Have a glance (you don’t even need to read it all) at Ezra chapters 2, 8 and 10. So which stream of writing does this book belong to? That’s right – it’s those boring Priests again with their lists of funny names and tedious attention to detail. We’re going to find the same in our next book, Nehemiah, in chapters 7, 10 and 12, so that looks like a priestly work too. These two books tell a complimentary story of what happened when the exiles returned from Babylon to Jerusalem, and much scholarly dispute has raged about the exact chronology of the two books and the relationship between them, not least as the character of Ezra plays a major part in the book of Nehemiah. But leaving that aside, the two books are basically about rebuilding, Nehemiah, as we’ll see next week, with the city walls of Jerusalem, and Ezra with the worship and right ordering of society.

Ezra was a priest and a teacher of the law, so when King Cyrus, who had conquered Babylon right at the end of 2 Chronicles, allowed the Jews to return to Jerusalem, he was sent along to help them rediscover the Law’s teachings, which had been so long neglected, even before the exile. This necessitated the rebuilding of the Temple, so that the right sacrifices could once again be offered. This work went ahead, and soon the altar was functioning again, although it was not long before subterfuge and opposition from ‘the enemies of Judah and Benjamin’, almost certainly Samaritans, remnants of the old Northern Kingdom who had become tainted by their syncretistic religion and intermarriage, halted the work. Finally, with royal help from King Darius of Persia, the Temple is completed and rededicated, and the Passover is celebrated. Once the physical building had been completed Ezra is sent to rebuild the spiritual life of the nation, but he soon discovers what he believes is the root cause of a major problem: the people had intermarried with the surrounding nations, a concern, you’ll remember, of the Deuteronomic historians. When you took a foreign wife you almost always took her foreign gods too, so all kinds of practices contrary to Yahweh’s Law had become part and parcel of their lives.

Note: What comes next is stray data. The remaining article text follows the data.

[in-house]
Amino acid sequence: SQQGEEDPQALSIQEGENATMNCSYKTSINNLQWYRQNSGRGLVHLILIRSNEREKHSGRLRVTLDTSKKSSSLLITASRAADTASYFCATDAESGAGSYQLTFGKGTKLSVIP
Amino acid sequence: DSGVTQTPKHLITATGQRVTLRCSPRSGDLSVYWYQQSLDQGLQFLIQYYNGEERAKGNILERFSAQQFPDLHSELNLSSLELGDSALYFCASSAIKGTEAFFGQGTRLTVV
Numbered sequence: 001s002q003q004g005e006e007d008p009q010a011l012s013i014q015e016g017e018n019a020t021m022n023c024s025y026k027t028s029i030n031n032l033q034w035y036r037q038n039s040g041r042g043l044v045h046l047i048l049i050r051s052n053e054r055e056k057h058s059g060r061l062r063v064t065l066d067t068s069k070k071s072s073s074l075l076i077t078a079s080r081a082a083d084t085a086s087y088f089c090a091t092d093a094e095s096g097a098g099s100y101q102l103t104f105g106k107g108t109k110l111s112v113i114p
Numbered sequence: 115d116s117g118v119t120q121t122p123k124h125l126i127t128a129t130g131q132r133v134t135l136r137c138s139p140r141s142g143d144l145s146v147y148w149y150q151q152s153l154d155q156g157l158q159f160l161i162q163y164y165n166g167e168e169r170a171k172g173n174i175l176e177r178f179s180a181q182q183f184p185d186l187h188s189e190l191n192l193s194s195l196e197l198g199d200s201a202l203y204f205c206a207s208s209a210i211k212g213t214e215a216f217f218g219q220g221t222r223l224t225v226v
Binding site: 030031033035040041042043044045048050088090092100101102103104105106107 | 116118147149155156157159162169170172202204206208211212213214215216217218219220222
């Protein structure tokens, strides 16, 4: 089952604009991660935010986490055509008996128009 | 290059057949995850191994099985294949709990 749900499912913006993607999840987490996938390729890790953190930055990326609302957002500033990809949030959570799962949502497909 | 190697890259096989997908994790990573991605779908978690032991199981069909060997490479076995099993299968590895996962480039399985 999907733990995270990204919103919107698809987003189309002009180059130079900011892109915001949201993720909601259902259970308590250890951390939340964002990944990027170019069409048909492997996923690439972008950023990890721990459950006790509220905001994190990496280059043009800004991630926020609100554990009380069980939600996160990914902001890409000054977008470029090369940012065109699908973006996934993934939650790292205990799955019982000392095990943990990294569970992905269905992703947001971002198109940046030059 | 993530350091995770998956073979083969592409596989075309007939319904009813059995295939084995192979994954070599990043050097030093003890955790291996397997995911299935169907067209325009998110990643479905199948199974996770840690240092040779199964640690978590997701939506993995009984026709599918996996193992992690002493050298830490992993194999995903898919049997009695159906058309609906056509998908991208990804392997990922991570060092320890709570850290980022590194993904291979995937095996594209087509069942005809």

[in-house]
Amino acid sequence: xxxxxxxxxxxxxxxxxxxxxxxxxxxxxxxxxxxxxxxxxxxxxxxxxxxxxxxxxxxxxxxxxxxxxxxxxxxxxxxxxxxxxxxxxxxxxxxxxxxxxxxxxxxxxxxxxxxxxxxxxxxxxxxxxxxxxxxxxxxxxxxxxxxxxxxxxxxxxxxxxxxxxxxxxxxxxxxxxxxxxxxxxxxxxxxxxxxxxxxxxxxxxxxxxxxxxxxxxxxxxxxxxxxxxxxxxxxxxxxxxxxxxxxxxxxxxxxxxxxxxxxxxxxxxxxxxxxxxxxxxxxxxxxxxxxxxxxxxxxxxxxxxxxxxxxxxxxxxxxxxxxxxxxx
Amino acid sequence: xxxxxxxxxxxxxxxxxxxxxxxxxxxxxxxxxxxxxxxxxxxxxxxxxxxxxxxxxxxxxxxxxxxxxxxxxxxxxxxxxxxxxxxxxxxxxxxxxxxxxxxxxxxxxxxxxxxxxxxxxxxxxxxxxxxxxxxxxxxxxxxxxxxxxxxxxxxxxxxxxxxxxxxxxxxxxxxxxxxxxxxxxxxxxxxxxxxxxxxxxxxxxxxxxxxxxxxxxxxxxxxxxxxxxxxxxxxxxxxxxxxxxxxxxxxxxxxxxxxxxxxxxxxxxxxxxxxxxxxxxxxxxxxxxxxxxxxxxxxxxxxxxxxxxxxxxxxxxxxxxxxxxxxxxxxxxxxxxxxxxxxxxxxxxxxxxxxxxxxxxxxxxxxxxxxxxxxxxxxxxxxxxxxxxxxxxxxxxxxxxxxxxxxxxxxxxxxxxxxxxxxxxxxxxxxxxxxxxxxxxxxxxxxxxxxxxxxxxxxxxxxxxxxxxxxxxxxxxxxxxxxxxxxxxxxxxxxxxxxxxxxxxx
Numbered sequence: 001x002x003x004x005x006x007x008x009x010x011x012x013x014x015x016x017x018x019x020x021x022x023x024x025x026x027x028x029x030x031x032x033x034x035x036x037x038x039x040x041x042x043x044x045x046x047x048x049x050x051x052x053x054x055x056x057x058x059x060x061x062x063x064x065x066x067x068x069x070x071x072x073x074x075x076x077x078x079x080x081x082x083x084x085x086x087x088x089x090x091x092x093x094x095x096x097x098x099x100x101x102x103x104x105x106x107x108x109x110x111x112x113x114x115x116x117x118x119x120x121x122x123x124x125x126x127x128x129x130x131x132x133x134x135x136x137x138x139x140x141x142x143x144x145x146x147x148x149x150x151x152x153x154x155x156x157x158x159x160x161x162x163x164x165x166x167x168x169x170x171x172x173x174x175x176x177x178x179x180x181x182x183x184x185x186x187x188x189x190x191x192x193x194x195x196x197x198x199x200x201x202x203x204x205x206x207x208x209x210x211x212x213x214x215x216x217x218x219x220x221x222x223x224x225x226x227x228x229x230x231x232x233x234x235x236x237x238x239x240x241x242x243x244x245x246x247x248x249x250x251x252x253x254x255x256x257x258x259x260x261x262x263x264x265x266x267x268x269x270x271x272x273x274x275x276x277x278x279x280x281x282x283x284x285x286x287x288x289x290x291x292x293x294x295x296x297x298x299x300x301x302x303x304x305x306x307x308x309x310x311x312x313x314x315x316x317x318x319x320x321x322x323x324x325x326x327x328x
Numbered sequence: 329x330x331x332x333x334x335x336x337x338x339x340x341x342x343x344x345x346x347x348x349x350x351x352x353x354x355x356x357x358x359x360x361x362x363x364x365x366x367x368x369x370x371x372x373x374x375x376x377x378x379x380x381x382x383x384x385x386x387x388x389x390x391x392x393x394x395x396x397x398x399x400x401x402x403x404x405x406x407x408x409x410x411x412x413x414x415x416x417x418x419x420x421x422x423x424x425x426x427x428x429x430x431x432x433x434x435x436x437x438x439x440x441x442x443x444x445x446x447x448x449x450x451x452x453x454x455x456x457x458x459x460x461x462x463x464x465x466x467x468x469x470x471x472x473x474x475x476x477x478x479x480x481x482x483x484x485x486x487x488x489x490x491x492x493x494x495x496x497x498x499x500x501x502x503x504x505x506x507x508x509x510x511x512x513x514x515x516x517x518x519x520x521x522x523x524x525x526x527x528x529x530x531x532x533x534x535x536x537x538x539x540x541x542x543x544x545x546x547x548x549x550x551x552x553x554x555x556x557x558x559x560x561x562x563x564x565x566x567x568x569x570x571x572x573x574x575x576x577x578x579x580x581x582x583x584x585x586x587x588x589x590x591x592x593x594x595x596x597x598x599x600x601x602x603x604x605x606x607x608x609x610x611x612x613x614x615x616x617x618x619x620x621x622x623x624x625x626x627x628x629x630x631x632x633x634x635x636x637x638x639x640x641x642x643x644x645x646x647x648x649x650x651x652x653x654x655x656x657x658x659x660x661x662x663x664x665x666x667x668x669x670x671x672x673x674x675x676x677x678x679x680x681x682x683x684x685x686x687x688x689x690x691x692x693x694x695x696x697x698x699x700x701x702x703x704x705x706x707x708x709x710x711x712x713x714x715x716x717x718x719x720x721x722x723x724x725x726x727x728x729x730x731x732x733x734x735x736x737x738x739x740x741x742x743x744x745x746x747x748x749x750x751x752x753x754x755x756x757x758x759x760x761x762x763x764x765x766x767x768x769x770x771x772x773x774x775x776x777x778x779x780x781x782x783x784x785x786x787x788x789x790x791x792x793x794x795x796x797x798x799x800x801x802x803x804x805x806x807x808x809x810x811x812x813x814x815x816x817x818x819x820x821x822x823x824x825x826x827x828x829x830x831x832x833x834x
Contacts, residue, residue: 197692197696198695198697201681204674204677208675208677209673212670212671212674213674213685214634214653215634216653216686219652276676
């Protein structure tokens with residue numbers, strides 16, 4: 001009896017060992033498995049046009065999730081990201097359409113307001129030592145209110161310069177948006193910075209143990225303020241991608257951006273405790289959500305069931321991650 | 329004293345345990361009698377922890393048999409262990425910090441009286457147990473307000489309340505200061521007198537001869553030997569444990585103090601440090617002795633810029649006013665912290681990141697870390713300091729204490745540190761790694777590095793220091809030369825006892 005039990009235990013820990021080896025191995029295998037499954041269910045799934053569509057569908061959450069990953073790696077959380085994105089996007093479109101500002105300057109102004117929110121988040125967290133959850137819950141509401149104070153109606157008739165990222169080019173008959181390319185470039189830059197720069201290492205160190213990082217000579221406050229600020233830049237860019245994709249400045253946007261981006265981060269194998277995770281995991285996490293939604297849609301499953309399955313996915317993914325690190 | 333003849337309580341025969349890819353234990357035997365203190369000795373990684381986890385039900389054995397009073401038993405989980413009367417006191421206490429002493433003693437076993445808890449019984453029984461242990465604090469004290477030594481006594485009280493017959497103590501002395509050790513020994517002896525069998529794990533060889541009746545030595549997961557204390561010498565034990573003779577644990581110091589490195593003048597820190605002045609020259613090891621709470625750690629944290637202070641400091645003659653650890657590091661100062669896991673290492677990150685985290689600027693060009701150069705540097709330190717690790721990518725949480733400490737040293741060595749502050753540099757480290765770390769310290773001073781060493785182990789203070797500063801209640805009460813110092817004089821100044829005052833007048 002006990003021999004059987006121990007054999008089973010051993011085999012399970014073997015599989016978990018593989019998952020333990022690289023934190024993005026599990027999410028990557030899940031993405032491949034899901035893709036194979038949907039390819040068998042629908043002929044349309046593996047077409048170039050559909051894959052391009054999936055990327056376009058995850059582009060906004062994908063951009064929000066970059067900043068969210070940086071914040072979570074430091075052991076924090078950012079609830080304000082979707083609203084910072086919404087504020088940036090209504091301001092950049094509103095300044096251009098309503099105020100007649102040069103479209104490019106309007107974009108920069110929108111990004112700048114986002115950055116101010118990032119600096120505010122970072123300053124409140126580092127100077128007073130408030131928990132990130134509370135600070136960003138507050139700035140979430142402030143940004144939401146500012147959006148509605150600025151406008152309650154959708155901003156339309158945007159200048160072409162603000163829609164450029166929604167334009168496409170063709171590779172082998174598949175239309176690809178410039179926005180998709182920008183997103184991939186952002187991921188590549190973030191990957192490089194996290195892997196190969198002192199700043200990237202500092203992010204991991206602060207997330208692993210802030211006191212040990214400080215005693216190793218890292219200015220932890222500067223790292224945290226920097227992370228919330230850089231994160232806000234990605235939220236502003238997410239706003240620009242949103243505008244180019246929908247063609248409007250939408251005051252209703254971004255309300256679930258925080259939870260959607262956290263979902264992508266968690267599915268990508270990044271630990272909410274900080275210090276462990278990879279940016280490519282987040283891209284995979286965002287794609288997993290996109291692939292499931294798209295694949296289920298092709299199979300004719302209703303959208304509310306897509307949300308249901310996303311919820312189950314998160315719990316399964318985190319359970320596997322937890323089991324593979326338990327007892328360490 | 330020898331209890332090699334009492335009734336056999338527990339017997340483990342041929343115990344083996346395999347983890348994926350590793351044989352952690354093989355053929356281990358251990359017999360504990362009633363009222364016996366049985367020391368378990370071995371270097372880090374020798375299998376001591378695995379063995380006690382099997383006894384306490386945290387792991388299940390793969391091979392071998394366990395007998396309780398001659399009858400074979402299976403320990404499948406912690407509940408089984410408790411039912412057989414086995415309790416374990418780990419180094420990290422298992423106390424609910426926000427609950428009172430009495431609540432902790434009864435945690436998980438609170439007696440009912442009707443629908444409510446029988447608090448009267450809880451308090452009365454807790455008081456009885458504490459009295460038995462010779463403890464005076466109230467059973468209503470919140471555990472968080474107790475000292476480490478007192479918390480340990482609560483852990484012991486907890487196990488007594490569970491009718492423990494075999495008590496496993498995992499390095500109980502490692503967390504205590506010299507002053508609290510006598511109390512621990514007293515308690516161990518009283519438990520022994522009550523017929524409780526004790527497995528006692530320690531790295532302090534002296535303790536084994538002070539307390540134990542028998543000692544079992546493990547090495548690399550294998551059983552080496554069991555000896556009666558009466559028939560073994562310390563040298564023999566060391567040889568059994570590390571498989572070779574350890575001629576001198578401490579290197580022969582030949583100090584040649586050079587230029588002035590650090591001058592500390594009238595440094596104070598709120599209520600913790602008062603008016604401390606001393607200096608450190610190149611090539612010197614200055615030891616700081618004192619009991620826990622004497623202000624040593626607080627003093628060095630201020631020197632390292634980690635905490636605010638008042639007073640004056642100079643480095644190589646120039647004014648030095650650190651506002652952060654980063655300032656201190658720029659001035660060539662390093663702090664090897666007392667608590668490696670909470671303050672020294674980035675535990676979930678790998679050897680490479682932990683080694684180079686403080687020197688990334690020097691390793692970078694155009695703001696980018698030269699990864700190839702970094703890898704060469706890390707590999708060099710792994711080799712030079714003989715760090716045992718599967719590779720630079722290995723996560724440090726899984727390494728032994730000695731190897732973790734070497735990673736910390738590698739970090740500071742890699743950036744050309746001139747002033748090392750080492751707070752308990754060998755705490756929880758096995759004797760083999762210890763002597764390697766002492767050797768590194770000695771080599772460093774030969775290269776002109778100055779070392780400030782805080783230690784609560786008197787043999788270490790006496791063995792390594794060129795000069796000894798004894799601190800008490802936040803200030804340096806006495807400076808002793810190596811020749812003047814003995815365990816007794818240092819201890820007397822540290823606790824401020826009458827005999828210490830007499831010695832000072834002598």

Ezra turns to prayer, and confesses to God the people’s infidelity, and as he does so, using, interestingly, the first person, the people catch his broken heartedness and join in with the confession. Eventually the foreign wives are sent packing, but not before the careful chronicler has written down a list of all the guilty parties.

We can read this book as being about the primacy of worship, about the need for integrity as we worship, and the opposition which will surely come as we seek to live with that integrity. We’re going to see a load more opposition next week, and some pretty dirty tactics, and I am reminded that in a church where political correctness has removed most of the language of spiritual warfare from our liturgy and hymnody, we can easily lose sight of the battle which rages all around us. But then as Keyser Soze said: ‘The greatest trick the Devil ever pulled was convincing the world he didn’t exist.’

I personally love the idea that what the community really needed, perhaps more than it needed carpenters and stonemasons, was Bible teachers. In the next book we’re going to see the power of the teaching ministry in action, but I find it interesting that for all their concern about the right ordering of worship the Priests have written up not the story of a superstar worship-leader but a humble scribe. Maybe today’s church could listen to that a bit more.